$15 Now Activists: Open to Compromise, But Not on Tip Credit
Minimum-wage activists draw line in the sand at city council briefing.
At a brown bag discussion (ahem ... "Lunch and Learn") at city hall this afternoon, $15 minimum wage advocates with the group 15Now.org said they would start collecting signatures on April 26 if they aren't satisfied with the proposal the emerges from Mayor Ed Murray's income inequality task force, which is supposed to come up with a new minimum-wage proposal by the end of next month.
(City ethics and elections director Wayne Barnett tells PubliCola he's looking into the question of whether the $15 proponents should have to register as a campaign committee, as a complaint filed this week by the backer of a competing minimum-wage initiative, Elizabeth Campbell, charges.)
Today's meeting was a chance for pro-$15 activists to brief the council on (and make the case for) their proposal.
The speakers, at least two of whom worked on socialist council member Kshama Sawant's election campaign, endorsed Sawant's recent call for a phased-in $15 minimum that includes some exemptions for small businesses, but were adamant that they would not accept concessions like a "tip credit" or the inclusion of health care and other expenses as part of workers' "total compensation."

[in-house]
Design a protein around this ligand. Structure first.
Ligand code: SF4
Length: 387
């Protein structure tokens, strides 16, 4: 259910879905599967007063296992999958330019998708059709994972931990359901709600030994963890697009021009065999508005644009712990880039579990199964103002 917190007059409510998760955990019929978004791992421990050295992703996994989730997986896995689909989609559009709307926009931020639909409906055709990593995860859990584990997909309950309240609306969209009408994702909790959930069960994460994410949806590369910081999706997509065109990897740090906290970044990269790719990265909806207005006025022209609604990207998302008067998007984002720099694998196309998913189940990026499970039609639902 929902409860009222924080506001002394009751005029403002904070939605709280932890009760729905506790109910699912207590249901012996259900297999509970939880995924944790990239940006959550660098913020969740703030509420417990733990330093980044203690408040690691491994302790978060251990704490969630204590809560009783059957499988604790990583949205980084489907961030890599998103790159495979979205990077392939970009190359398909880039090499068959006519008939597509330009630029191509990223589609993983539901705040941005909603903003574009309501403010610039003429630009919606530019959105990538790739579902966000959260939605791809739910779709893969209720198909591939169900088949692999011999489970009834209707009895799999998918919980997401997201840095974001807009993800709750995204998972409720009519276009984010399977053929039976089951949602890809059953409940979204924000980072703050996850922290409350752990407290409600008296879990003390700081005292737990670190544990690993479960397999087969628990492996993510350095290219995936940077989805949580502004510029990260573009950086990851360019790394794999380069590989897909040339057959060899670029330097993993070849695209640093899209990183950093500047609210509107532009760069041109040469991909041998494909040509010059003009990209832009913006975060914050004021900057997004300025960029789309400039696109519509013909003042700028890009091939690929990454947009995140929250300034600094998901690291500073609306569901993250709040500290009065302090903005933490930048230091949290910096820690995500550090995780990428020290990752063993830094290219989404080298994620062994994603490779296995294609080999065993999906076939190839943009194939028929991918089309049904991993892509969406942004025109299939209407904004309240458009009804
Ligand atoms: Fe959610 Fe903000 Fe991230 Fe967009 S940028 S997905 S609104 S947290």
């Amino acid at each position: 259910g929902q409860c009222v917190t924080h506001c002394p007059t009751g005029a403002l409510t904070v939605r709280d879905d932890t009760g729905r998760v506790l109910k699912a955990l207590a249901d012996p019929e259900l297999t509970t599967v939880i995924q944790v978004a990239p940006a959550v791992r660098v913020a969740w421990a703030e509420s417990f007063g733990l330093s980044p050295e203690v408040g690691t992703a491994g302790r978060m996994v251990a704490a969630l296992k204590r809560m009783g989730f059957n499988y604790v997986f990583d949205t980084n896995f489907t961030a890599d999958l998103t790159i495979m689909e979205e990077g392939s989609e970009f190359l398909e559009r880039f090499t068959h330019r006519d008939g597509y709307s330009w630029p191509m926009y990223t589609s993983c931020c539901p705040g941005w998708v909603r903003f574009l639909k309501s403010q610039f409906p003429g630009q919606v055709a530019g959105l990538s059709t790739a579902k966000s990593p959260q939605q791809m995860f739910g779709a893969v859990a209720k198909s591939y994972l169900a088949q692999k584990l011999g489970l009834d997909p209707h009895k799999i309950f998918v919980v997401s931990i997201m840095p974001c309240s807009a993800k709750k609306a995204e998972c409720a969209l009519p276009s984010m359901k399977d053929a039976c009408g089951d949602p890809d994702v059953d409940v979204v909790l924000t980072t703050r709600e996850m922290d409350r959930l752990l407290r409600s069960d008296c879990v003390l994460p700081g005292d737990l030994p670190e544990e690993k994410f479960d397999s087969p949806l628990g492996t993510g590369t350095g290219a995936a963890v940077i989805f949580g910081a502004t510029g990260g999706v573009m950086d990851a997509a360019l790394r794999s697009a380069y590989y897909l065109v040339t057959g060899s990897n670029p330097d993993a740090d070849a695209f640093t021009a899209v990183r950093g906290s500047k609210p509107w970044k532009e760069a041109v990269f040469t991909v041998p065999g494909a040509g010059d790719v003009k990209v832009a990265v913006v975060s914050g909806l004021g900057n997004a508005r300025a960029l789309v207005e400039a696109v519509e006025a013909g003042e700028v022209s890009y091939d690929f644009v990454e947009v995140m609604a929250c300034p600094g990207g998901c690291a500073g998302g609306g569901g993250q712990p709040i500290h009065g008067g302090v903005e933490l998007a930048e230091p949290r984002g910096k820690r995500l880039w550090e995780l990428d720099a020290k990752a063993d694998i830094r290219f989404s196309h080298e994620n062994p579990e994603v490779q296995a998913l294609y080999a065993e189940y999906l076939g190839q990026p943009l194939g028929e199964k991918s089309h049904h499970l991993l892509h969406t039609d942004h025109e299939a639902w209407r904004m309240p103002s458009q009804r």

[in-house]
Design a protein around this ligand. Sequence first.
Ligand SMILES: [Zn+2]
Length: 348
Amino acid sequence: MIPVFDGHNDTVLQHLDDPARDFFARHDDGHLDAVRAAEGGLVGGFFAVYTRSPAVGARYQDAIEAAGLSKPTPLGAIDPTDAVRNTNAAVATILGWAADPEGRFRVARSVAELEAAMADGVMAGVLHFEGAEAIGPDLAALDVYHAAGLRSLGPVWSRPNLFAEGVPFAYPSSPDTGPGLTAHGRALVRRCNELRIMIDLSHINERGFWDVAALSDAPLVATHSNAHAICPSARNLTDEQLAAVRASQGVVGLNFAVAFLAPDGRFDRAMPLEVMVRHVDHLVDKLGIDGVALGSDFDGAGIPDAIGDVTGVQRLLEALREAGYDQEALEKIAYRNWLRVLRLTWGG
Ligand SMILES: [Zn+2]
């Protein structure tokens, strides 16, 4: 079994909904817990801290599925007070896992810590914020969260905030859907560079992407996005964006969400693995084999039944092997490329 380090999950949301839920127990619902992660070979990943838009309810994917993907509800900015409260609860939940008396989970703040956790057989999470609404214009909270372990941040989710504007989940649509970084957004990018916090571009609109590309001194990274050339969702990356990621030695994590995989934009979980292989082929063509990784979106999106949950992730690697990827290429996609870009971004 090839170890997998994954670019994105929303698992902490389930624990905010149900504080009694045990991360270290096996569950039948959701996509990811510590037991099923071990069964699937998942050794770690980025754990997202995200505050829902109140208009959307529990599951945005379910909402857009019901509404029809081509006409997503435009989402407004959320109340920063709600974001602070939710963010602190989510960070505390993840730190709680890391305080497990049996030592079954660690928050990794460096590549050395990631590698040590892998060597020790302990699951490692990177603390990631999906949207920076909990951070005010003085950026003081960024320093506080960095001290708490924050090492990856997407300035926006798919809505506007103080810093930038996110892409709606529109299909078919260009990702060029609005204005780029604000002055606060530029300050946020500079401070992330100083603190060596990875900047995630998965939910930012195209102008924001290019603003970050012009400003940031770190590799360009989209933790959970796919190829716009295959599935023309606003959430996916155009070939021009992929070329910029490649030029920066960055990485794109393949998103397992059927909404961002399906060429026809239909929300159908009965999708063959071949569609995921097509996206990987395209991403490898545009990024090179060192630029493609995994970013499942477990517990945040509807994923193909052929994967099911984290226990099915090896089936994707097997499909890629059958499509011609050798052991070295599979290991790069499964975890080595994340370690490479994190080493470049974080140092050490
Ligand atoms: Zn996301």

"No other state in the country [counts such concessions toward their minimum wage], and we should not accept that here in Seattle," said Sawant's former campaign manager Ramy Khalil, calling the efforts "backdoor maneuvers by corporations to really water down the $15 minimum wage."
And 15 Now organizer (and Sawant campaign consultant) Jess Spear pointed out that some 66 percent of tipped workers are women. Legalizing the "tip credit"—which would allow restaurant and bar owners to count tips against the $15 minimum, thus paying less than minimum wage—would "essentially legalize gender discrimination in the restaraunt industry," Spear said.
Well put: As survey after survey has shown, women are disproportionately concentrated in lower-paying jobs, making the $15 campaign as much a gender issue as it is an economic one.
Spear was still on the Sawant campaign payroll as of mid-January of this year.
Sawant has not returned calls seeking to find out how she defines "small businesses," although at today's meeting, she indicated that she had not chosen a specific maximum business size.
The council's committee on the minimum wage meets again this Friday at 9:30am.
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